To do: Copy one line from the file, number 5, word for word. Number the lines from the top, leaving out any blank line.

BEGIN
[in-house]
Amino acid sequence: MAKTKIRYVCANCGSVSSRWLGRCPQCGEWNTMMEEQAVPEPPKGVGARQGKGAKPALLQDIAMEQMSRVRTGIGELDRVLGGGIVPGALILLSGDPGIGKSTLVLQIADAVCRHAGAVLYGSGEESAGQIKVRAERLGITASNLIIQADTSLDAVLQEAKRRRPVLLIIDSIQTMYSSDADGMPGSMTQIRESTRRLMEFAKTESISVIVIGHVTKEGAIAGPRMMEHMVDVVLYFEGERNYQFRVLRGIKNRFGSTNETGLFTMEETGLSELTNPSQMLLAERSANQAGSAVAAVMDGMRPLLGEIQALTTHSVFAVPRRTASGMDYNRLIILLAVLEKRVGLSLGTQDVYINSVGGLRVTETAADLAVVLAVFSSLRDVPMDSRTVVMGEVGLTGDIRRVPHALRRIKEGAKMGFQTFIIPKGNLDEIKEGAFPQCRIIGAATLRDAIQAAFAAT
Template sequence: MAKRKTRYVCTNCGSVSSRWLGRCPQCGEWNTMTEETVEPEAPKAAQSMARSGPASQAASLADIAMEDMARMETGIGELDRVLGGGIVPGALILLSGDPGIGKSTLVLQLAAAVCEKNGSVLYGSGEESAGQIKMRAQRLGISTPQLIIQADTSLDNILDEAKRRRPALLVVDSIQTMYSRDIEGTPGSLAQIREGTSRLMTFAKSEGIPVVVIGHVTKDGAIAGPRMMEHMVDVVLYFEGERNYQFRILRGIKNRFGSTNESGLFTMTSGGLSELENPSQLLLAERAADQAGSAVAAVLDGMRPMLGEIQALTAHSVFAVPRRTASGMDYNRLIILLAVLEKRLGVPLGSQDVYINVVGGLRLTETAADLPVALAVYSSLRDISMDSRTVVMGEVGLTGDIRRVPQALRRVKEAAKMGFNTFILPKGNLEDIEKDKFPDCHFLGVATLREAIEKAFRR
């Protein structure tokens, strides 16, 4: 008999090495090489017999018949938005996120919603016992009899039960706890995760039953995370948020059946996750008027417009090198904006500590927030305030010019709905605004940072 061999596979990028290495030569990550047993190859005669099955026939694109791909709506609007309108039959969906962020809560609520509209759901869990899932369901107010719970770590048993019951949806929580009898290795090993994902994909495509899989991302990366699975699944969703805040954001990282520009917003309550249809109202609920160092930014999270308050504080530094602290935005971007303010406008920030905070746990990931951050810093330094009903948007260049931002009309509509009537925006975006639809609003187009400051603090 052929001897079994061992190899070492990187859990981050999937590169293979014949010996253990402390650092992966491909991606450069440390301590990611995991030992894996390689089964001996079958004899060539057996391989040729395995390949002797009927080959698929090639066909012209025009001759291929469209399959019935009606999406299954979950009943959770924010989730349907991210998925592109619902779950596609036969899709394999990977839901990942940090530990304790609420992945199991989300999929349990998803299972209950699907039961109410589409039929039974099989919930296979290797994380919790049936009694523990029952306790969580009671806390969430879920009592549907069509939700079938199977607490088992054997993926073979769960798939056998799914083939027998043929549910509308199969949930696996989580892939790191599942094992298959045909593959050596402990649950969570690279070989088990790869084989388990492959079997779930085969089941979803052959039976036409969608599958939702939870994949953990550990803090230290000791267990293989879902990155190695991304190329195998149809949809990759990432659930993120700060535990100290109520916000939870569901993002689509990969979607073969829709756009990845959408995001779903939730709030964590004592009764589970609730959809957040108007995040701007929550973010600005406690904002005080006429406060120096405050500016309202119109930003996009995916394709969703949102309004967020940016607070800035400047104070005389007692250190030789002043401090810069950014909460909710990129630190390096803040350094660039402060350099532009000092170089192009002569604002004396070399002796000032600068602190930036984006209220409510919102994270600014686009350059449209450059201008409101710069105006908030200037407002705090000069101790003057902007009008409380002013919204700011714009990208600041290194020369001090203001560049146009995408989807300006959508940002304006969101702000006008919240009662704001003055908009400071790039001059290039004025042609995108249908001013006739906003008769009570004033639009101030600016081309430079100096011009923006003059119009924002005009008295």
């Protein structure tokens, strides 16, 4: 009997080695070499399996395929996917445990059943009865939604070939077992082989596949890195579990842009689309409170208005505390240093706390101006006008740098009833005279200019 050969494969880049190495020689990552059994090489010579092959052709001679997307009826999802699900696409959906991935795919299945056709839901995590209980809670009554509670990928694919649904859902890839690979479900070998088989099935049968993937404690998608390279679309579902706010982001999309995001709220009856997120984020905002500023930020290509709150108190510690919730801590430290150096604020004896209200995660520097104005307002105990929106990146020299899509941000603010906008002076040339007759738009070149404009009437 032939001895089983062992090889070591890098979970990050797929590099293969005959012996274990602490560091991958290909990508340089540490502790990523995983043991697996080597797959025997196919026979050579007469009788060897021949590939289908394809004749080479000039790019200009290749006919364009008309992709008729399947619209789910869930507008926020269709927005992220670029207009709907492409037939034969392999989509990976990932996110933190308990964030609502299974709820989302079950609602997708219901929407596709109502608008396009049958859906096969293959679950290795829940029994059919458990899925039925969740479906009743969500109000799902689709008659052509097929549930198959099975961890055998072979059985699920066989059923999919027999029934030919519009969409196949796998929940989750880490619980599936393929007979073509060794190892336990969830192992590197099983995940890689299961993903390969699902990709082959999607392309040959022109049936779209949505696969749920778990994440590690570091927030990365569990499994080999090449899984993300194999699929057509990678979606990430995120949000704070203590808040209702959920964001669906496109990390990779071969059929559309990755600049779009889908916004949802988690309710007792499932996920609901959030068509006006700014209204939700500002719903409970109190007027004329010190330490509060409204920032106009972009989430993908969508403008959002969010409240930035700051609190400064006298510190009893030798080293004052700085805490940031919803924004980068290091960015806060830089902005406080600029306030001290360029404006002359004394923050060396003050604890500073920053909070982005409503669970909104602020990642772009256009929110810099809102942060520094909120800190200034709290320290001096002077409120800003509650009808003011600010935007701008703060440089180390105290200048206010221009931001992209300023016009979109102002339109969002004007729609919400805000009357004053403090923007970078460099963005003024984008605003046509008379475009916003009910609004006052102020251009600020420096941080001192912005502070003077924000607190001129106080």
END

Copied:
């Protein structure tokens, strides 16, 4: 009997080695070499399996395929996917445990059943009865939604070939077992082989596949890195579990842009689309409170208005505390240093706390101006006008740098009833005279200019 050969494969880049190495020689990552059994090489010579092959052709001679997307009826999802699900696409959906991935795919299945056709839901995590209980809670009554509670990928694919649904859902890839690979479900070998088989099935049968993937404690998608390279679309579902706010982001999309995001709220009856997120984020905002500023930020290509709150108190510690919730801590430290150096604020004896209200995660520097104005307002105990929106990146020299899509941000603010906008002076040339007759738009070149404009009437 032939001895089983062992090889070591890098979970990050797929590099293969005959012996274990602490560091991958290909990508340089540490502790990523995983043991697996080597797959025997196919026979050579007469009788060897021949590939289908394809004749080479000039790019200009290749006919364009008309992709008729399947619209789910869930507008926020269709927005992220670029207009709907492409037939034969392999989509990976990932996110933190308990964030609502299974709820989302079950609602997708219901929407596709109502608008396009049958859906096969293959679950290795829940029994059919458990899925039925969740479906009743969500109000799902689709008659052509097929549930198959099975961890055998072979059985699920066989059923999919027999029934030919519009969409196949796998929940989750880490619980599936393929007979073509060794190892336990969830192992590197099983995940890689299961993903390969699902990709082959999607392309040959022109049936779209949505696969749920778990994440590690570091927030990365569990499994080999090449899984993300194999699929057509990678979606990430995120949000704070203590808040209702959920964001669906496109990390990779071969059929559309990755600049779009889908916004949802988690309710007792499932996920609901959030068509006006700014209204939700500002719903409970109190007027004329010190330490509060409204920032106009972009989430993908969508403008959002969010409240930035700051609190400064006298510190009893030798080293004052700085805490940031919803924004980068290091960015806060830089902005406080600029306030001290360029404006002359004394923050060396003050604890500073920053909070982005409503669970909104602020990642772009256009929110810099809102942060520094909120800190200034709290320290001096002077409120800003509650009808003011600010935007701008703060440089180390105290200048206010221009931001992209300023016009979109102002339109969002004007729609919400805000009357004053403090923007970078460099963005003024984008605003046509008379475009916003009910609004006052102020251009600020420096941080001192912005502070003077924000607190001129106080």